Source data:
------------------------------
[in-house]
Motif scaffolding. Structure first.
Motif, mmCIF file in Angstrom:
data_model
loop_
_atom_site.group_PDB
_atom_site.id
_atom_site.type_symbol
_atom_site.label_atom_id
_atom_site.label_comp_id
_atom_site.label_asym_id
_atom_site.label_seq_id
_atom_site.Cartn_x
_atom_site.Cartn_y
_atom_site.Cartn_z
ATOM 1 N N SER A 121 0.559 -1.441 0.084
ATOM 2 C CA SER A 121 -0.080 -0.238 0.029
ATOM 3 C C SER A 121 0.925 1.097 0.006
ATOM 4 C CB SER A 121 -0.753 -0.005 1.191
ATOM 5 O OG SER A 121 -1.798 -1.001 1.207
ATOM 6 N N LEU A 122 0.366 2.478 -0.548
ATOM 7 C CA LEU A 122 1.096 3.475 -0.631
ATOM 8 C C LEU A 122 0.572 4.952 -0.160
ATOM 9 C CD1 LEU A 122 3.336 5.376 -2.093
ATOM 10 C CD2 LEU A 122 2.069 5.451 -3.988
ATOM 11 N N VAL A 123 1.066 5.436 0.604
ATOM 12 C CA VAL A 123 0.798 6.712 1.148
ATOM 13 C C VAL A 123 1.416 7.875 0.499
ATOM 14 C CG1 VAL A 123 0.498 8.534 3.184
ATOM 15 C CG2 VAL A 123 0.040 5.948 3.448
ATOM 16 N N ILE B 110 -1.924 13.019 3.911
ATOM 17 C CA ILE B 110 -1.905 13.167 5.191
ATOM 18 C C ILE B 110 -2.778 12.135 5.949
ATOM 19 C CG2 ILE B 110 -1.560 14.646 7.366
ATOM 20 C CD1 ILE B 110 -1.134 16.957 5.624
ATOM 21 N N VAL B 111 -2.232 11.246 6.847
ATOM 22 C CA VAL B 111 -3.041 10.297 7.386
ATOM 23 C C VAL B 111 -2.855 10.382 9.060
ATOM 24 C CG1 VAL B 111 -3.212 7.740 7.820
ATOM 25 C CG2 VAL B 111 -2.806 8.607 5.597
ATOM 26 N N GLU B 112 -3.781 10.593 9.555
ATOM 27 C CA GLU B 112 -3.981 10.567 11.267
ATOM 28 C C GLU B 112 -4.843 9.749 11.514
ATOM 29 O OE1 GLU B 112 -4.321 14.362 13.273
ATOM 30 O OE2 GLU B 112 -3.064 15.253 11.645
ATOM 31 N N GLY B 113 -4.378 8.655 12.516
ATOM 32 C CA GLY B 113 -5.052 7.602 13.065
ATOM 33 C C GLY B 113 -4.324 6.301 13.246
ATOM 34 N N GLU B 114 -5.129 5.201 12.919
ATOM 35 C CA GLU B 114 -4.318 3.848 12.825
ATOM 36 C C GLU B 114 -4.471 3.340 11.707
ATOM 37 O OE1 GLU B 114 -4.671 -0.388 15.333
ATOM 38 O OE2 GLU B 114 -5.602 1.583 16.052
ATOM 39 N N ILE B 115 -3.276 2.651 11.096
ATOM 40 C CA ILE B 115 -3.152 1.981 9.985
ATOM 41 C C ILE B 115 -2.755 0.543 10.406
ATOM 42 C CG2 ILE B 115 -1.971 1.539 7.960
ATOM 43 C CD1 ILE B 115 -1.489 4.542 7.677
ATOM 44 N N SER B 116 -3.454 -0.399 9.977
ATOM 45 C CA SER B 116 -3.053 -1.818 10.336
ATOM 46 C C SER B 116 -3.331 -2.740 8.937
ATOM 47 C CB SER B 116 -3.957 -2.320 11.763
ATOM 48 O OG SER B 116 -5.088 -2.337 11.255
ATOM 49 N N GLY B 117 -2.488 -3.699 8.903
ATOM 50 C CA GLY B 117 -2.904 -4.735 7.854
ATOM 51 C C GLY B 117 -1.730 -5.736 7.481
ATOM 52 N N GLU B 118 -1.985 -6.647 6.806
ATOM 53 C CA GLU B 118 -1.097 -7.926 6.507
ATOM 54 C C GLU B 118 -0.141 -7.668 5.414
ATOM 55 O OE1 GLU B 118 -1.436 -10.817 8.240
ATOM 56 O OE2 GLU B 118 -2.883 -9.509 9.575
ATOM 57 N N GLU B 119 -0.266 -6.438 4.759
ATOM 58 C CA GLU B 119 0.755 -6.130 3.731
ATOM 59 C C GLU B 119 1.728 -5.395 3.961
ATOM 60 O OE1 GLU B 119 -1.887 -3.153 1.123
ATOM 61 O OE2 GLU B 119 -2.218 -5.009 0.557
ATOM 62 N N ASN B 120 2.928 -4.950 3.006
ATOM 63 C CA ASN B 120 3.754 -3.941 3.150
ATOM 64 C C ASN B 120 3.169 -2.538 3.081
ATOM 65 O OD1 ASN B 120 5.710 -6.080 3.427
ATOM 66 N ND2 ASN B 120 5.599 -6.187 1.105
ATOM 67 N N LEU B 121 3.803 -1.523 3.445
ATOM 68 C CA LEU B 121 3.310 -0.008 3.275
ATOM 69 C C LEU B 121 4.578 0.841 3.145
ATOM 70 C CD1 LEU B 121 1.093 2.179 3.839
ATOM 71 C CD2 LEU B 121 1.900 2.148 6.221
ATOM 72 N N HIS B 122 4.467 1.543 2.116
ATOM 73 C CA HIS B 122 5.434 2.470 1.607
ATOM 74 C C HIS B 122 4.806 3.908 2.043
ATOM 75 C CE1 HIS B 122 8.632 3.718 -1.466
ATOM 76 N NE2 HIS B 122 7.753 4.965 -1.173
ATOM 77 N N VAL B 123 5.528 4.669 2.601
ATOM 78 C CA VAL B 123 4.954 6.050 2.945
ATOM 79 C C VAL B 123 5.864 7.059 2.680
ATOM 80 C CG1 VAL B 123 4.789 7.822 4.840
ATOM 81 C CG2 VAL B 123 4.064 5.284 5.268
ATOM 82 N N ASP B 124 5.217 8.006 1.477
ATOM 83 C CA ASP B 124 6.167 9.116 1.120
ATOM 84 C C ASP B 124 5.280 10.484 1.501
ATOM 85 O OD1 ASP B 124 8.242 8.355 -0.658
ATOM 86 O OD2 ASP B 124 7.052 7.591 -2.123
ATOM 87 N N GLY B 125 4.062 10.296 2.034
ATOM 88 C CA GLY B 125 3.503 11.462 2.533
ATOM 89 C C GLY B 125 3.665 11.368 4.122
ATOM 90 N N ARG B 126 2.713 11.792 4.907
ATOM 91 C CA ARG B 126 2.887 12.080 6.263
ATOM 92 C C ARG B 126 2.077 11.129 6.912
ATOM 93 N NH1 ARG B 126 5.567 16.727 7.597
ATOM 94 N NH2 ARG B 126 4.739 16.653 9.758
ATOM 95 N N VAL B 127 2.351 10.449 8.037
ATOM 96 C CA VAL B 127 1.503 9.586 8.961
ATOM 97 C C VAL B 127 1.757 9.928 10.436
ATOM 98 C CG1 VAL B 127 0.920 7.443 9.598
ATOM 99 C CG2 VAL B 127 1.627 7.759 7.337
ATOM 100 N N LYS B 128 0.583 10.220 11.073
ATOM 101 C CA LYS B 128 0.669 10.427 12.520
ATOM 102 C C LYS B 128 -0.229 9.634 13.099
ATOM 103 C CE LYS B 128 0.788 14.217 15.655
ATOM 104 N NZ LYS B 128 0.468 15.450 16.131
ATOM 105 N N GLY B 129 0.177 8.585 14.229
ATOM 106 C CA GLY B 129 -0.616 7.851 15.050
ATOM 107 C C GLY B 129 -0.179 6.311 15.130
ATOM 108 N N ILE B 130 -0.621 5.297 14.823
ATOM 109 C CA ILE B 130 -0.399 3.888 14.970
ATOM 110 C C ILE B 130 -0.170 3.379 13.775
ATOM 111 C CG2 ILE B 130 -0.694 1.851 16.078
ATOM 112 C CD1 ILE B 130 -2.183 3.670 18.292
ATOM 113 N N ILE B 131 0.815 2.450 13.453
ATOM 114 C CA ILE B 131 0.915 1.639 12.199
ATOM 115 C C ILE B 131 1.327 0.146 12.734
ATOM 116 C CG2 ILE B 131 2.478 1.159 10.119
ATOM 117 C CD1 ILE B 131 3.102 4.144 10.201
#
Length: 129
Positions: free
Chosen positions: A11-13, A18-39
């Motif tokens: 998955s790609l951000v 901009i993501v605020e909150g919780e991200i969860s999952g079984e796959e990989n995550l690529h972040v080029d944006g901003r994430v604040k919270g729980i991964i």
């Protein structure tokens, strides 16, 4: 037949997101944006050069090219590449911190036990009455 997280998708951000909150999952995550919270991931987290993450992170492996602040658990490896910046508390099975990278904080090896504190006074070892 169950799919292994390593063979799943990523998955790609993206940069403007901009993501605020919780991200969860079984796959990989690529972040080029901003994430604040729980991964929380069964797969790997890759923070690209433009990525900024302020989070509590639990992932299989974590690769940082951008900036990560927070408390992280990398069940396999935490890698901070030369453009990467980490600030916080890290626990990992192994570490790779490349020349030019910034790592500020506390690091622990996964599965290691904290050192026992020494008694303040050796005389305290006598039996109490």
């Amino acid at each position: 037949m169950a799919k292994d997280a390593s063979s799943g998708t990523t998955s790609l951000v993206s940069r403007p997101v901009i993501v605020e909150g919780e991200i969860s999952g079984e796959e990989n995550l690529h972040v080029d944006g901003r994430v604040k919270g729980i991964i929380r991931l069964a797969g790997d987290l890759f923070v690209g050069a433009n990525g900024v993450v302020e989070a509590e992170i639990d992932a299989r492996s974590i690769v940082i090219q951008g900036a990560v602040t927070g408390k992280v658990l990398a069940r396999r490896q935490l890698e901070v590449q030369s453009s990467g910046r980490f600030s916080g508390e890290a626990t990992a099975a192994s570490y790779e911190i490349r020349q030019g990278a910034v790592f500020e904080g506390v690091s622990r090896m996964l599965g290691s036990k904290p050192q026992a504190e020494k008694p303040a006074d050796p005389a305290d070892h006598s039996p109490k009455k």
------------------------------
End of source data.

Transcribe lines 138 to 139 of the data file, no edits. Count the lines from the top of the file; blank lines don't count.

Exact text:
């Protein structure tokens, strides 16, 4: 037949997101944006050069090219590449911190036990009455 997280998708951000909150999952995550919270991931987290993450992170492996602040658990490896910046508390099975990278904080090896504190006074070892 169950799919292994390593063979799943990523998955790609993206940069403007901009993501605020919780991200969860079984796959990989690529972040080029901003994430604040729980991964929380069964797969790997890759923070690209433009990525900024302020989070509590639990992932299989974590690769940082951008900036990560927070408390992280990398069940396999935490890698901070030369453009990467980490600030916080890290626990990992192994570490790779490349020349030019910034790592500020506390690091622990996964599965290691904290050192026992020494008694303040050796005389305290006598039996109490």
């Amino acid at each position: 037949m169950a799919k292994d997280a390593s063979s799943g998708t990523t998955s790609l951000v993206s940069r403007p997101v901009i993501v605020e909150g919780e991200i969860s999952g079984e796959e990989n995550l690529h972040v080029d944006g901003r994430v604040k919270g729980i991964i929380r991931l069964a797969g790997d987290l890759f923070v690209g050069a433009n990525g900024v993450v302020e989070a509590e992170i639990d992932a299989r492996s974590i690769v940082i090219q951008g900036a990560v602040t927070g408390k992280v658990l990398a069940r396999r490896q935490l890698e901070v590449q030369s453009s990467g910046r980490f600030s916080g508390e890290a626990t990992a099975a192994s570490y790779e911190i490349r020349q030019g990278a910034v790592f500020e904080g506390v690091s622990r090896m996964l599965g290691s036990k904290p050192q026992a504190e020494k008694p303040a006074d050796p005389a305290d070892h006598s039996p109490k009455k």